My dad always used to say this to me when I would get anxious about something. Then as a teacher I found the whole saying, which goes like this,
"Patience is a virtue. Virtue is a grace. Put them both together and they make a pretty face."
I don't think my dad meant for me to end up with a pretty face at the end of that lesson, but I certainly understood that patience was a desirable quality to have. What I didn't understand as a child was the depth of patience that is possible when a person is pressed into some situations.
My current situation happens to be that I am well past when I, and apparently everyone else, thought that my baby would have made an entrance into this world. There have been multiple inquiries per day as to when this child will be born. My favorite question, once I answer how far along I am is, "Well, what are you going to do about it?" The simple answer is, "Nothing, it's not up to me."
It's true that in this day and age I could easily go to a hospital and be given an artificial hormone, Pitocin, to jumpstart this birth. I could have done that weeks ago. At this point I could even ask a doctor for a cesarean-birth. There are also other less invasive actions I could take, a few include: walking (check), squatting (check), spicy food (check), various activities with my husband (check), eggplant parm (eww eggplant), pineapple (check), house cleaning (check), acupuncture (check), chiropractic adjustment (check), hypnosis (check) or even a Castor oil cocktail. To that last one, knowing the effects of Castor oil and how it works, I'm leaving that to a pretty dire circumstance. So what to do you ask?
Same as before, NOTHING, it's not up to me. I am a firm believer in my body's ability to conceive, grow and birth a baby all by itself. I find myself to be quite normal, making babies is included in this belief. My preferred method of primary care is with wonderful and highly skilled midwives. No doctors or hospitals for this baby or me, at least if I can avoid them. If you know me, you know I'm an alternative girl in the birth arena. What I have come to learn is that in nature we humans have no control, not over the weather, the tide, or the seasons. By default, I have no natural control over when this baby is born. This has tested my patience immensely.
There is a battery of emotions that I have gone through in the past five weeks ranging from: jubilation and content, to depression and sadness, to even a little fear that maybe I'm not really pregnant and this baby is a figment of my imagination. Some tender feelings and some not so tender feelings. What I have learned is, by having patience I am forced to live in this moment. Dwelling on the last few weeks and months gets me nowhere and trying to figure out when my time to birth will happen is futile. So where does that leave me? In the here and now.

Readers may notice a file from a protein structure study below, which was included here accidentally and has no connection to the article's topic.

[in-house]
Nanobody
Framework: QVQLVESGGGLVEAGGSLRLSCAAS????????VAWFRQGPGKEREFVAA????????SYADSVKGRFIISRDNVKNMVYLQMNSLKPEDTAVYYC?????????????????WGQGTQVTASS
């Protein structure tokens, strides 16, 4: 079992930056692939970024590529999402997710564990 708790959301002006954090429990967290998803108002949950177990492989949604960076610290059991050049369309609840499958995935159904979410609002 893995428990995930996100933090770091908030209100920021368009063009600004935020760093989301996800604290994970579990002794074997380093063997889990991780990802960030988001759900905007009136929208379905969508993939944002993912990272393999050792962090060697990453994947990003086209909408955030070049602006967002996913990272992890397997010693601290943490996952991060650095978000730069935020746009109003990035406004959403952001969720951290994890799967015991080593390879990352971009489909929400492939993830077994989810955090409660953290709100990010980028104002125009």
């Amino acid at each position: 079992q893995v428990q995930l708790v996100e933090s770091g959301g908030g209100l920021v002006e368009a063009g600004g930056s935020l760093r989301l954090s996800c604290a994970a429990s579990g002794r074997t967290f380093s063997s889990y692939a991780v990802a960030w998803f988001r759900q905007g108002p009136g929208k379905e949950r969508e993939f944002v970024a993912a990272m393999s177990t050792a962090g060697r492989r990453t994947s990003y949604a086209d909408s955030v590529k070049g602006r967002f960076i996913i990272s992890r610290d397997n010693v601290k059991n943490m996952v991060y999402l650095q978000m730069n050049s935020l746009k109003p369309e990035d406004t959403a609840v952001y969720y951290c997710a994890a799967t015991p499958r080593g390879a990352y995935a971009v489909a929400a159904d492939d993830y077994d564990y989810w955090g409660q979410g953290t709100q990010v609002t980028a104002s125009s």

There are so many things to appreciate here and now: my husband's kindness and love, my family’s support, my caring friends, every movement my baby makes, cuddly cats, health, wealth, warmth during this cold season, the sun staying longer everyday. I may not have traveled to an ashram in India to learn about mindfulness, but this journey to motherhood has been a creative act nonetheless. It's pretty incredible that my child has taught me such a valuable lesson in patience before even leaving my body.
Until that time comes I will continue to repeat positive affirmations: Pregnancy is normal. My baby is healthy inside my body. I have patience, faith and courage. And lastly, I promise that I will notify the whole world when this baby makes it's arrival, please just have patience.
Follow up: My son was born 5 days after this piece was written. A healthy baby at 11 pounds 2 ounces, 23.5” long, born into his father’s loving hands at what was then The Baby Place in Meridian, Idaho. My midwives and doula attended us after an entire weekend of very uncomfortable, primal, and normal labor.